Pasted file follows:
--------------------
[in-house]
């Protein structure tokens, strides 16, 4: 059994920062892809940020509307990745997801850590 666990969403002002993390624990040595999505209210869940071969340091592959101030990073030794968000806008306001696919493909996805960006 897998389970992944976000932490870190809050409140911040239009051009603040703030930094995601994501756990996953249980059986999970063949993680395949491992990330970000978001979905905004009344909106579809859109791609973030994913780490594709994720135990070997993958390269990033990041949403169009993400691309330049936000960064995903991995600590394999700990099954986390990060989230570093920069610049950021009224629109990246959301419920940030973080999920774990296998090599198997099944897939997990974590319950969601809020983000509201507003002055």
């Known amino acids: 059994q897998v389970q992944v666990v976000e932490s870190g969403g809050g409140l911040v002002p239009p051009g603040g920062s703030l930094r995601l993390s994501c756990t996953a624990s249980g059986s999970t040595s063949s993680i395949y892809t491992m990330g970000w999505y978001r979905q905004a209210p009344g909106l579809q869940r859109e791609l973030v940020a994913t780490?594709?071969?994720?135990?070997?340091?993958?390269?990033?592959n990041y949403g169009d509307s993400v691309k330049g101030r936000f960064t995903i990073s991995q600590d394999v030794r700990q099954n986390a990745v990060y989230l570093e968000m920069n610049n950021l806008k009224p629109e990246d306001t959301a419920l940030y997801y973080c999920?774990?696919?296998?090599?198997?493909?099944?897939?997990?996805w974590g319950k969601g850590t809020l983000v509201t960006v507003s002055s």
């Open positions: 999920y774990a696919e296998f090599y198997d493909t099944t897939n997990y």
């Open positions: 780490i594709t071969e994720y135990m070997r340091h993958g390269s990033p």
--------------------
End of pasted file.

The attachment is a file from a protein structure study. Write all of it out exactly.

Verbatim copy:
[in-house]
């Protein structure tokens, strides 16, 4: 059994920062892809940020509307990745997801850590 666990969403002002993390624990040595999505209210869940071969340091592959101030990073030794968000806008306001696919493909996805960006 897998389970992944976000932490870190809050409140911040239009051009603040703030930094995601994501756990996953249980059986999970063949993680395949491992990330970000978001979905905004009344909106579809859109791609973030994913780490594709994720135990070997993958390269990033990041949403169009993400691309330049936000960064995903991995600590394999700990099954986390990060989230570093920069610049950021009224629109990246959301419920940030973080999920774990296998090599198997099944897939997990974590319950969601809020983000509201507003002055």
């Known amino acids: 059994q897998v389970q992944v666990v976000e932490s870190g969403g809050g409140l911040v002002p239009p051009g603040g920062s703030l930094r995601l993390s994501c756990t996953a624990s249980g059986s999970t040595s063949s993680i395949y892809t491992m990330g970000w999505y978001r979905q905004a209210p009344g909106l579809q869940r859109e791609l973030v940020a994913t780490?594709?071969?994720?135990?070997?340091?993958?390269?990033?592959n990041y949403g169009d509307s993400v691309k330049g101030r936000f960064t995903i990073s991995q600590d394999v030794r700990q099954n986390a990745v990060y989230l570093e968000m920069n610049n950021l806008k009224p629109e990246d306001t959301a419920l940030y997801y973080c999920?774990?696919?296998?090599?198997?493909?099944?897939?997990?996805w974590g319950k969601g850590t809020l983000v509201t960006v507003s002055s």
């Open positions: 999920y774990a696919e296998f090599y198997d493909t099944t897939n997990y």
């Open positions: 780490i594709t071969e994720y135990m070997r340091h993958g390269s990033p």